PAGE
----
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Phase change materials

Pad & Paste form


Phase Change Materials

Phase change materials (PCM) are often used as matrix materials for thermal interface applications, because they are solid at room temperature, and soften when heated. They can fully fill the gaps of contact surfaces, therefore providing a thin bondline and high reliability without pump-out issues. Adding a TC filler to the PCM matrix, forms a phase change composite with high heat transfer performance that can solve these pump-out issues.

We offer thermally conductive Phase Change Materials in both pad and paste formats. These products are designed to minimize thermal resistance at interfaces and maintain stable performance through the rigorous reliability testing required for long product life applications.

Based on a robust polymer PCM structure, these materials exhibit effective wetting properties during typical operating temperature ranges, resulting in very low surface contact resistance. They provide superior reliability and maintain low thermal impedance, making PCM desirable for high-performance integrated circuit devices.

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Product Selector Guide

Thermal Phase Change Materials
Product name Specific Gravity Thickness Range (mm) Thermal Conductivity (W/m·K) Thermal Impedance @ no shim (˚C·cm2/W) Volume Resistivity (ohm·cm)
LTM Series 1.8 NA 1.8-2.4 0.12-0.14 3.0×1015
PCM45F Series 2.2 0.20-1.00 2.0-2.5 0.09-0.12 8.2×1014
PTM5000 Series 2.3 0.20-1.00 3.5-4.5 0.06-0.08 2.1×1014
PTM6000 Series 2.3 0.20-1.00 3.5-4.5 0.06-0.08 2.1×1014
PTM7000 Series 2.7 0.20-1.00 6.0-8.5 0.04-0.06 2.1×1014

Frequently Asked Questions

What are some typical PCM applications?

Typical phase change material Applications include:

  • Power control unit, inverter, onboard electronics, IGBT
  • Servers, supercomputing, video graphic array (VGA) cards, AI, GPU/CPU/Desktop, solid state drives (SSD)
  • Switches, routers, base stations
  • Tablets, gaming, notebooks, smartphones, action cameras & lighting

Why choose PCM over Thermal grease?

One can say that it comes down to preference, but it really doesn't. Phase change materials are hands down the best materials you can use as thermal interface IF the application parameters allow it. They are clean, efficient,can achieve the thinnest bondlines out of any other materials and are silicone free.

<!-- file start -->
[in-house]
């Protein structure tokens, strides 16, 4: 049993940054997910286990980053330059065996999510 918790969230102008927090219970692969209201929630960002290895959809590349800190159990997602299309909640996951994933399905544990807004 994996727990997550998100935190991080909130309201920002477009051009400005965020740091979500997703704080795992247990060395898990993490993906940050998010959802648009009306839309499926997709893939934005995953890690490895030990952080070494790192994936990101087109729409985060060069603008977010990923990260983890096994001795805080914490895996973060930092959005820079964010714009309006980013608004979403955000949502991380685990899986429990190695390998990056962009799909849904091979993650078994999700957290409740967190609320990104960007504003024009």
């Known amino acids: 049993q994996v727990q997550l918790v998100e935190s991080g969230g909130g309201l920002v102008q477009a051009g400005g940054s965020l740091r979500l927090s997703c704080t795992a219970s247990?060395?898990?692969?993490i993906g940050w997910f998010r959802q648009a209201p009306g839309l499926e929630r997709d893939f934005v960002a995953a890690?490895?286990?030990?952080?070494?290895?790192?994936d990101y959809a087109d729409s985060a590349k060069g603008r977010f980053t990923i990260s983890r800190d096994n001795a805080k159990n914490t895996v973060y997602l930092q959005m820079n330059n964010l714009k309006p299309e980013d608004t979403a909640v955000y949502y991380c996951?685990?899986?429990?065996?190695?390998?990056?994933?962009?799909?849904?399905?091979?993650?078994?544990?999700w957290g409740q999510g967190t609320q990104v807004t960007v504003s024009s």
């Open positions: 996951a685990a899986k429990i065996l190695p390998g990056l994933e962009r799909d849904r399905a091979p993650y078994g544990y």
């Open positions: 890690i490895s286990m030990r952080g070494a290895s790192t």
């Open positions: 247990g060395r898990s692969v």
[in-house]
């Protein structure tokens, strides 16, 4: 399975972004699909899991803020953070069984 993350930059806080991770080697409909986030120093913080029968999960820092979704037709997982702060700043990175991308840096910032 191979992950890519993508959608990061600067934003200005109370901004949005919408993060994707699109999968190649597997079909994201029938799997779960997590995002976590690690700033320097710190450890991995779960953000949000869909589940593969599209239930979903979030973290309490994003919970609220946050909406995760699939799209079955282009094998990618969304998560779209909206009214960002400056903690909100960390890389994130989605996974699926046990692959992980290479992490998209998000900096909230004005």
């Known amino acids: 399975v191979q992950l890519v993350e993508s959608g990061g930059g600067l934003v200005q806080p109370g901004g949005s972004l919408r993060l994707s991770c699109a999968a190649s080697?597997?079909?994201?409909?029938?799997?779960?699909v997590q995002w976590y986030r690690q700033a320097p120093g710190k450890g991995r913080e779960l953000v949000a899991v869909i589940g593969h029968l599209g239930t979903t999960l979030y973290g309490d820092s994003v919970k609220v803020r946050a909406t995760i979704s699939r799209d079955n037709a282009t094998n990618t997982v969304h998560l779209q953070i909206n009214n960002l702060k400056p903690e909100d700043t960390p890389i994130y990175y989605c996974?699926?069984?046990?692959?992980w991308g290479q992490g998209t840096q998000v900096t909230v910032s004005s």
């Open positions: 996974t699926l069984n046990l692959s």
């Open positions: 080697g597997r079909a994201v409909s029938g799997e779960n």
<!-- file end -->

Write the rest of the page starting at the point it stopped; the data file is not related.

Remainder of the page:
Additionally they come into both paste (stencil print and dispence) and pad form (0.2~1mm thickness) and their Silicon free chemistry can achieve a bondline of 20~30mm making it the thinnest, cleanest and most reliable bondline in the market. Does this make thermal frease bad? Definitely not. Grease is great for all the other application types that PCM can't cover due to the temperature restrictions.

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Phase change materials

Phase change materials are made for post reflow operations. They activate at 45°C and are not suitable for 245 - 260°C. Those Silicone free chemistries rely on thermally conductive fillers such as ZnO, Aluminium and Alumina to achieve their thermal properties. Their pad form is clean and efficient and allows for a very thin bondline, down to 20-30μm.

Precise and reliable application requires spring pressure or initial heat to be applied to reduce the bond line thickness.Their nature doesn't work for high temperature applications but if the temperatures allow, it is a much better alternative for thermal grease since they are not prone to pump or dry out and are not "messy" at all. They definitely tick the boxes for conformable and reliable.

Compared to Silicone grease, PCM have longer molecular chains with high molecular weight and surface tension ensuring a robust polymer structure and a stable filler-polymer matrix. The H steric hindrance provides a Rigid structure that ensures low filler migration and separation that at the same time limits the material mobility and pump out.

On the other hand, the tried and proven thermal grease has good flowability and low contact resistance but its short chains and Si-O-Si structures create a less rigid structure that has potential for migration, dry out and pump out issues.

Pressure vs Thermal Impedance Chart